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U.S. trade deficit grew to 3-year high in January

WASHINGTON — The U.S. trade deficit surged in January to the widest imbalance in more than three years after imports grew faster than exports.

Rising oil prices helped drive imports to a record high, as did stronger demand for foreign-made cars, computers and food products.

And exports to Europe fell, a sign that the region’s debt crisis could temporarily weaken U.S. growth just as the job market is strengthening.

The January trade deficit widened to $52.6 billion, the Commerce Department reported Friday. That’s up from a revised $50.4 billion in December and the biggest gap since October 2008.

Imports rose 2.1 percent to a record $233.4 billion. Exports were up a smaller 1.4 percent to $180.8 billion. Exports to Europe fell 7.5 percent.

“There is little good news in January’s trade figures,” said Paul Dales, senior U.S. economist at Capital Economics.

Dales blamed much of the increase on higher oil prices, which drove oil imports up 3.3 percent. Nonetheless, he said the wider deficit is likely to slow economic growth in the January-March quarter to an annual rate of 1 percent.

Growth should improve later in the year, he said, because a surge in hiring that is likely to boost consumer spending.

The Labor Department reported Friday that U.S. employers added 227,000 jobs in February to complete three of the best months of hiring since the recession ended. Since the beginning of December, the country has added 734,000 jobs.

A separate Commerce report showed that wholesale companies kept building their stockpiles in January. Sales, however, dipped for the first time since May.

‘U.S. economy picking up steam, rest of the world not’

Business restocking was a major driver of economic growth at the end of last year. Economists say that’s likely to slow in the first quarter, another reason they are expecting weaker growth.

A wider trade deficit weighs on growth because it means Americans are spending more on foreign-made goods than overseas consumers are spending on U.S.-made goods.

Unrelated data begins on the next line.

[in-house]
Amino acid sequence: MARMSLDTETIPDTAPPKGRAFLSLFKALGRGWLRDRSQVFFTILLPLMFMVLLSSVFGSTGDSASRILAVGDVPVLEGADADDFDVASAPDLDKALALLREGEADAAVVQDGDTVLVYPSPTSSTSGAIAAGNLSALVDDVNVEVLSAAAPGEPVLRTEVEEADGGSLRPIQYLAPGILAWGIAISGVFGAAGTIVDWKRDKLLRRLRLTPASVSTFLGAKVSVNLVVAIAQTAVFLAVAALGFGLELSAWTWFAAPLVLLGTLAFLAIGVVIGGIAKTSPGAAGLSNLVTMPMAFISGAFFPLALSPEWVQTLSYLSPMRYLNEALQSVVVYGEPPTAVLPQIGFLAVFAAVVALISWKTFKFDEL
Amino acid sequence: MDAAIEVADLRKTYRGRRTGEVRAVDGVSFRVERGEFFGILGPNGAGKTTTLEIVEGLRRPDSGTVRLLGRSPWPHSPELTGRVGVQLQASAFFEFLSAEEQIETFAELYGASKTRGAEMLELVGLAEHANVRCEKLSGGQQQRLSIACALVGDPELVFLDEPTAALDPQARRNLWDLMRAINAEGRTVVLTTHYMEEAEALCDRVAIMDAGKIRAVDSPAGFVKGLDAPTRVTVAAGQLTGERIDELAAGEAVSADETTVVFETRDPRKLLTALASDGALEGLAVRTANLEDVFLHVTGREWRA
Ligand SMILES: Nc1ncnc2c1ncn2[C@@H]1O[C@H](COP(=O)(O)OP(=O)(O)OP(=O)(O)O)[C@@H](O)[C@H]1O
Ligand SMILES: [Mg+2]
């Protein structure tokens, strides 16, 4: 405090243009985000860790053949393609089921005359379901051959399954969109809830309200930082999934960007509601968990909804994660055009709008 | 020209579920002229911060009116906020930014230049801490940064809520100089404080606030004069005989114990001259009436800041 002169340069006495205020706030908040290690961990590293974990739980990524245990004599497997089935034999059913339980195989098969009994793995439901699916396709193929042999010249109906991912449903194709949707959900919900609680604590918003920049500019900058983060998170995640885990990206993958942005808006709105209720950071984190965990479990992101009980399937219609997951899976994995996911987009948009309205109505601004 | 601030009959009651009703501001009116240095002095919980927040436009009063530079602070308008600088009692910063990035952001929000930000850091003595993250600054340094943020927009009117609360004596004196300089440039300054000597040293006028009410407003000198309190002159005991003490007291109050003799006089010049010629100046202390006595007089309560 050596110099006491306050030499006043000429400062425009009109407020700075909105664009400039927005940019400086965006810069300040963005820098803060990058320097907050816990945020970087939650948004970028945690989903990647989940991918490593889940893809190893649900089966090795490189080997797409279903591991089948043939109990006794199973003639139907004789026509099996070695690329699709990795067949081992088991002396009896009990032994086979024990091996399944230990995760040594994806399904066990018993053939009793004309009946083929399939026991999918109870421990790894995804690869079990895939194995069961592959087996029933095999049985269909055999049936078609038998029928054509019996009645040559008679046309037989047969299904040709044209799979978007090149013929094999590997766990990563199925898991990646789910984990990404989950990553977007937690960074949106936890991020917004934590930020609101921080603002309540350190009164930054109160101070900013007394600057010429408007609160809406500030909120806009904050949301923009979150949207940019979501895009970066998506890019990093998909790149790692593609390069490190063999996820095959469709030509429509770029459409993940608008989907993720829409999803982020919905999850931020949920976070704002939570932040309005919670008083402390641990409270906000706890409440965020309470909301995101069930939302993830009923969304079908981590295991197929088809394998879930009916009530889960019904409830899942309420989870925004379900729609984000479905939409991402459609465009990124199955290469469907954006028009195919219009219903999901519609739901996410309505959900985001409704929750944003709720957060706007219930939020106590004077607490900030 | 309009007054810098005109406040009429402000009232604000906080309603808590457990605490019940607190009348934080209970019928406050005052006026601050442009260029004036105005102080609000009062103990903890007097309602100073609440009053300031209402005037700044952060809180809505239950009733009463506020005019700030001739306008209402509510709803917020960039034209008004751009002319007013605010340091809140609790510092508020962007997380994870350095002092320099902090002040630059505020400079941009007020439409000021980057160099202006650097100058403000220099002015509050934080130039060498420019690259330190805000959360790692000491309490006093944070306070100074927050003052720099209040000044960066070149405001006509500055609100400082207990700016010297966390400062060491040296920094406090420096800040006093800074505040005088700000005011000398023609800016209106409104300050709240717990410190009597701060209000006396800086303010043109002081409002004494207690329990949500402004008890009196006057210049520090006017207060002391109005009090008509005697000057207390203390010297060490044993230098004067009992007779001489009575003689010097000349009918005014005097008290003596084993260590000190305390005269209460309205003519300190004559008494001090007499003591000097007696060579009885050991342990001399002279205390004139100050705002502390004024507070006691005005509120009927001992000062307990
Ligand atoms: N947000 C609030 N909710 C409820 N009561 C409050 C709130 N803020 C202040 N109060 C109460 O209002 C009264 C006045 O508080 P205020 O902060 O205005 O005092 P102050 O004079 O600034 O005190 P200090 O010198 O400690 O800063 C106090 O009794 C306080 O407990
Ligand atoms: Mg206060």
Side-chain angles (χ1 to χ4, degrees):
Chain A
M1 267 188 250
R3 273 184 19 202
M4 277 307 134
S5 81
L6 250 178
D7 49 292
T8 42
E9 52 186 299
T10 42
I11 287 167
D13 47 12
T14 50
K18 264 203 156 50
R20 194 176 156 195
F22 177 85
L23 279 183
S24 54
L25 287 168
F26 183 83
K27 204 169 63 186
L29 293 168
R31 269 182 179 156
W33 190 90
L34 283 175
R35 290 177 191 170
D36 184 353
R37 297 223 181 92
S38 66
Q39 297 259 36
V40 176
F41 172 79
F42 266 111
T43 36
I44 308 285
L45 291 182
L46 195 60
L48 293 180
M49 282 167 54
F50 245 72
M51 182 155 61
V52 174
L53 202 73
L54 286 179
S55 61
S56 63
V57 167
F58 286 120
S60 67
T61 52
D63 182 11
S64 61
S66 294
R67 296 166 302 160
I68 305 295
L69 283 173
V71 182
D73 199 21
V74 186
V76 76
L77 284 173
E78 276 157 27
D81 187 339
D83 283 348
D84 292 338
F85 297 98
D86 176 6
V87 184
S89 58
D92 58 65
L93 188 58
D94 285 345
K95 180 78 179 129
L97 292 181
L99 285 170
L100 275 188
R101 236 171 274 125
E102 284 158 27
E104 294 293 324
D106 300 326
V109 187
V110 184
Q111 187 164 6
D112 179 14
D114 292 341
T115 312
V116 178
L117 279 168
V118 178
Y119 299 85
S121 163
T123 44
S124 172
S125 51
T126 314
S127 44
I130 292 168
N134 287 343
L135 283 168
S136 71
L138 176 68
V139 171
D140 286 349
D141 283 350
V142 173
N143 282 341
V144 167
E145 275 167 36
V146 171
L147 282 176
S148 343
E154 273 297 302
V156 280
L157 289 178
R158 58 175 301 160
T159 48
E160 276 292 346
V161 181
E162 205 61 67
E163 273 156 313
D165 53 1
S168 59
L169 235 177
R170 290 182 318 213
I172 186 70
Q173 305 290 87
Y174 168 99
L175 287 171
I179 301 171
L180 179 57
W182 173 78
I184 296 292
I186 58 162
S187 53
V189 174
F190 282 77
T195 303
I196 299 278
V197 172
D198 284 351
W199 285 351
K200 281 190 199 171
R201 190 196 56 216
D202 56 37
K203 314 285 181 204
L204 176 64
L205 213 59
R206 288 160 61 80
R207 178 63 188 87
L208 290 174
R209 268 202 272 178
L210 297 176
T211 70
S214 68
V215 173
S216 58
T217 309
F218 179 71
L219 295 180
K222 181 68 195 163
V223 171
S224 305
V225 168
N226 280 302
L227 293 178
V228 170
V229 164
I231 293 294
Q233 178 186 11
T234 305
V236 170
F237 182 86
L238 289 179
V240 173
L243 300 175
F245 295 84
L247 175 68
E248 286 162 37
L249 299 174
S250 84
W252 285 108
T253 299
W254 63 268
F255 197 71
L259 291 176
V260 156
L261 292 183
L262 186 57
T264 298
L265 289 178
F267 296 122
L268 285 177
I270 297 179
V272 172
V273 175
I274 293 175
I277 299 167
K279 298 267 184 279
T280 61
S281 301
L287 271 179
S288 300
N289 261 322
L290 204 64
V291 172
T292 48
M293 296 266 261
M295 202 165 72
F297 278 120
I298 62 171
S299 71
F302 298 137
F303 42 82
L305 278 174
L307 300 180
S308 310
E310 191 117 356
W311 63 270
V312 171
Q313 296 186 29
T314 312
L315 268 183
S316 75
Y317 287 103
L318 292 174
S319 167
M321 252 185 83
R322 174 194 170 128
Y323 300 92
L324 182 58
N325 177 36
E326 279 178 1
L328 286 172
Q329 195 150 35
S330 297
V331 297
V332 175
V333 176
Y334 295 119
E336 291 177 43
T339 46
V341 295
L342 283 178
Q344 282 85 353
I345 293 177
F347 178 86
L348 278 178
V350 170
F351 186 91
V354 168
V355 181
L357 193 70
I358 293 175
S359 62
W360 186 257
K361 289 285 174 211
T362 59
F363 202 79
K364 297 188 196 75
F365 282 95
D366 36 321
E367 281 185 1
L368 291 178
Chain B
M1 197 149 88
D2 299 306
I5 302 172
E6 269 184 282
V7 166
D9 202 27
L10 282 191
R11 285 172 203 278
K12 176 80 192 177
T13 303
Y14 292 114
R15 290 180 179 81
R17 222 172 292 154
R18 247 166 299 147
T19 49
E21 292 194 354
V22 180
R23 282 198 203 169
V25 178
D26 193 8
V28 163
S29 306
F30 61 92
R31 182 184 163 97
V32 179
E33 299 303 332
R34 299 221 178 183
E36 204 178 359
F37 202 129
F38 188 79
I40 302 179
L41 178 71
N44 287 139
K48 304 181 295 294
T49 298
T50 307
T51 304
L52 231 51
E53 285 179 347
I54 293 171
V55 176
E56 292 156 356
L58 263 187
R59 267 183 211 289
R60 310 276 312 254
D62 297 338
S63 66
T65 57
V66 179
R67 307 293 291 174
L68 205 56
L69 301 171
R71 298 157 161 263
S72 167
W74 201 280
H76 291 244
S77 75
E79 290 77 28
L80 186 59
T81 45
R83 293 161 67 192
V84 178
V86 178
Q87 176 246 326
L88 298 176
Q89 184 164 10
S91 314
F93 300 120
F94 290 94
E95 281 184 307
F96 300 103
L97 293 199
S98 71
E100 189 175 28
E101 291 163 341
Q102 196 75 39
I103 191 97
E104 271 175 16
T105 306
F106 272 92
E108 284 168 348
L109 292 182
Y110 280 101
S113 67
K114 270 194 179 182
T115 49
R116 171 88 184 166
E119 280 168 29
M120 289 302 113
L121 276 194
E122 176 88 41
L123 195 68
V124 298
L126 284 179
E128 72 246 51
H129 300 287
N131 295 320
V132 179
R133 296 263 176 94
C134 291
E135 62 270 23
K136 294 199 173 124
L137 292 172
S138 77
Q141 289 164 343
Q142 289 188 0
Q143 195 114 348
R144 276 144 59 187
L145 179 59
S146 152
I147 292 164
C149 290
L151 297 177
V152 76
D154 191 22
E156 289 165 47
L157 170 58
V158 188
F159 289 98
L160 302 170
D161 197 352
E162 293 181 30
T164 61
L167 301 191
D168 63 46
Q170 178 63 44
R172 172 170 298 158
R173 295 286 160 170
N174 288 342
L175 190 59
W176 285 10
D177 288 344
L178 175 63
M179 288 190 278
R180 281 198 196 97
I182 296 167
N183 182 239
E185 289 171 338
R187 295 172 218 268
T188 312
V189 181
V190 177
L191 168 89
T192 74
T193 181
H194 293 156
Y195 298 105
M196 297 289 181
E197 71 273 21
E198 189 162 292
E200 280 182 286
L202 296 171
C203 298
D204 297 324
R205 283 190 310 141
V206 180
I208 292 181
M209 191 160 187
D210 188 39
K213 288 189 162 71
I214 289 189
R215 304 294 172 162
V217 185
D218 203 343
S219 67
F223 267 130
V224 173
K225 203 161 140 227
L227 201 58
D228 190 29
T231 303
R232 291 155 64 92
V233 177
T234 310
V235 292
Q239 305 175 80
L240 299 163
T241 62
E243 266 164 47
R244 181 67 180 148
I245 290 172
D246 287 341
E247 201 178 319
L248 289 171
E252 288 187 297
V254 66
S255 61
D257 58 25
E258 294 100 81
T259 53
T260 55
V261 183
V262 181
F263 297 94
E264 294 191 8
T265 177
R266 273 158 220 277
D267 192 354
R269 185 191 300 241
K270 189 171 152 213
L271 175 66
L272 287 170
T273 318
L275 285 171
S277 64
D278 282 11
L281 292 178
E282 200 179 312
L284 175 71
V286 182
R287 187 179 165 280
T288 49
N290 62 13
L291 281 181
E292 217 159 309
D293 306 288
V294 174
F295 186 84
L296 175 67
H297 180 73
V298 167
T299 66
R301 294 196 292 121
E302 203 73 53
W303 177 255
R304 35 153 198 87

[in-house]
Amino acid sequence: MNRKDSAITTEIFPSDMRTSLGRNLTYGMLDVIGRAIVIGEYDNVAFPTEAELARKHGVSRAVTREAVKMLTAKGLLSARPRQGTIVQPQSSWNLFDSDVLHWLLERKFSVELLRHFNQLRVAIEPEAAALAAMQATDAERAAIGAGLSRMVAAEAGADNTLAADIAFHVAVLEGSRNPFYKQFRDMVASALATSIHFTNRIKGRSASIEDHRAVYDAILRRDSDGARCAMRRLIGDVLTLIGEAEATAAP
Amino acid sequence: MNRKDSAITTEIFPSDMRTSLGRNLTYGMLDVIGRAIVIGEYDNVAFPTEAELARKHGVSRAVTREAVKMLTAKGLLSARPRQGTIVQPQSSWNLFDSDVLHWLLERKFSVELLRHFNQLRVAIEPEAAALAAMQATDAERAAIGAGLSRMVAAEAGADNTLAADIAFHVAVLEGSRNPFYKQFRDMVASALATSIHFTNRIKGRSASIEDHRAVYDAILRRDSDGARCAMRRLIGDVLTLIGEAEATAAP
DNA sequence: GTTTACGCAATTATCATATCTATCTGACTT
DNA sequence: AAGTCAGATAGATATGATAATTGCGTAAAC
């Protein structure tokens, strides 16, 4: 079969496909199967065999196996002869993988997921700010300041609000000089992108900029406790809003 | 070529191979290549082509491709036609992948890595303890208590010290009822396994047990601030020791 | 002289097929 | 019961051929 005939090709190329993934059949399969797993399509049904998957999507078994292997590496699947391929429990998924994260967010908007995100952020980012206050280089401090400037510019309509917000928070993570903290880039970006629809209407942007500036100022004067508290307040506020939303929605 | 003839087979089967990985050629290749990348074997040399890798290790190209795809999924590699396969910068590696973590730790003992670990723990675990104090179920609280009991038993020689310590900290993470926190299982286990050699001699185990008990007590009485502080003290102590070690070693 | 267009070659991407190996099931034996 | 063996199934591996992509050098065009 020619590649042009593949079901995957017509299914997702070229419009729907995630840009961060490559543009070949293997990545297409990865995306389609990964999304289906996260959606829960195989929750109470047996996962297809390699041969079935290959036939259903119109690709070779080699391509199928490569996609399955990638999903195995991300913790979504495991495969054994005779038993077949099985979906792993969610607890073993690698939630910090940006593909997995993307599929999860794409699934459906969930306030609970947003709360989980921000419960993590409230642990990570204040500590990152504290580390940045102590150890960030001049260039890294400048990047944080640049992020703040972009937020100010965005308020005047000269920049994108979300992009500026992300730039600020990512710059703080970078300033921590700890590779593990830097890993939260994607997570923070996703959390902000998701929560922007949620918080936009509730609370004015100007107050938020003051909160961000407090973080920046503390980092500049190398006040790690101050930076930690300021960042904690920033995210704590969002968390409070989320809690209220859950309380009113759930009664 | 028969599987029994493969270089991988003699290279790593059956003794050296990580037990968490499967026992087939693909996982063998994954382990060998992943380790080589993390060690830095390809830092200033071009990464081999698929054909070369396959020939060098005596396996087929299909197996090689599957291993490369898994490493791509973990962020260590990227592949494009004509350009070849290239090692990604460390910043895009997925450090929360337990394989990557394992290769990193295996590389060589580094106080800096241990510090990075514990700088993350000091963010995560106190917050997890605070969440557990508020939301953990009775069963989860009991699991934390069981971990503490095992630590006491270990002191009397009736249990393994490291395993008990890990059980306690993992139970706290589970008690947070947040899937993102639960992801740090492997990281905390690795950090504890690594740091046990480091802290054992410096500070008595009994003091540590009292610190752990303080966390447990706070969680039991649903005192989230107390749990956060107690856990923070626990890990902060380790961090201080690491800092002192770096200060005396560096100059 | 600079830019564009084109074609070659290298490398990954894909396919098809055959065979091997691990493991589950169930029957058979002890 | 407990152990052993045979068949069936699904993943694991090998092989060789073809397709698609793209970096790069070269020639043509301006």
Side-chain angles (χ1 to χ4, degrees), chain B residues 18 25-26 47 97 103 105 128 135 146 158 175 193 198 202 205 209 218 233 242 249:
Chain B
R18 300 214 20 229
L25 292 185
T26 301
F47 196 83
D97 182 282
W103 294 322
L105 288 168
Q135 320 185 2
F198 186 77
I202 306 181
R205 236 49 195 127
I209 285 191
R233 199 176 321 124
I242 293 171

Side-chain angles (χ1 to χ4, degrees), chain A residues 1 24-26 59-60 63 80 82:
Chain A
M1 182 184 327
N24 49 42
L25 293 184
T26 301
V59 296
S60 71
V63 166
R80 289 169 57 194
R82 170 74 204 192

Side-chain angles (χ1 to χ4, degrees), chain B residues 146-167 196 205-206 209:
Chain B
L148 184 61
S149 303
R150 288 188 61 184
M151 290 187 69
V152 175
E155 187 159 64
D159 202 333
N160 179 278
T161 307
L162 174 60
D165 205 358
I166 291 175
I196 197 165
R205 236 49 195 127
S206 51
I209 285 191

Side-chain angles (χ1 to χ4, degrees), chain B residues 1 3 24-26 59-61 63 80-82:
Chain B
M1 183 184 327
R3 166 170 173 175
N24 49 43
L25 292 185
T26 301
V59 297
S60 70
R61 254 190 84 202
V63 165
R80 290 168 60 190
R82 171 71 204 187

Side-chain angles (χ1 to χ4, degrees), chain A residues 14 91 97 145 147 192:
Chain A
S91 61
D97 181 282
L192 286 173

Economists predict the trade deficit this year will widen from last year’s $560 billion imbalance. A key reason is they expect U.S. companies to sell fewer goods in Europe, which represents about 20 percent of America’s export market.

“While the U.S. economy is picking up steam, the rest of the world is not. So, we are importing a lot more,” said Joel Naroff, chief economist for Naroff Economic Advisors.

U.S. consumers drove the deficit higher buying more foreign cars. Imports of autos and auto parts rose 10.4 percent to an all-time high of $25.3 billion.

Imports of capital goods, such as computers and industrial machinery, also hit a record at $44.7 billion. And imports of food products hit a record high of $9.6 billion. Demand for foreign-produced fish, meat, bakery products and wine and beer all rose.

The increase in exports reflected records in several categories. Exports of U.S.-made cars and auto parts increased to record $12.7 billion. Exports of U.S.-made capital goods climbed to a record $43.2 billion.

The deficit with China is also growing. In January, it jumped 12.5 percent to $26 billion. Last year, the deficit with China hit a record $295.5 billion, the highest deficit ever recorded with a single country.

With millions of Americans unemployed, political pressure is growing in the U.S. to impose economic sanctions on China. Critics say China has undervalued its currency against the dollar. That has made Chinese goods cheaper in the U.S. and American products more expensive in China.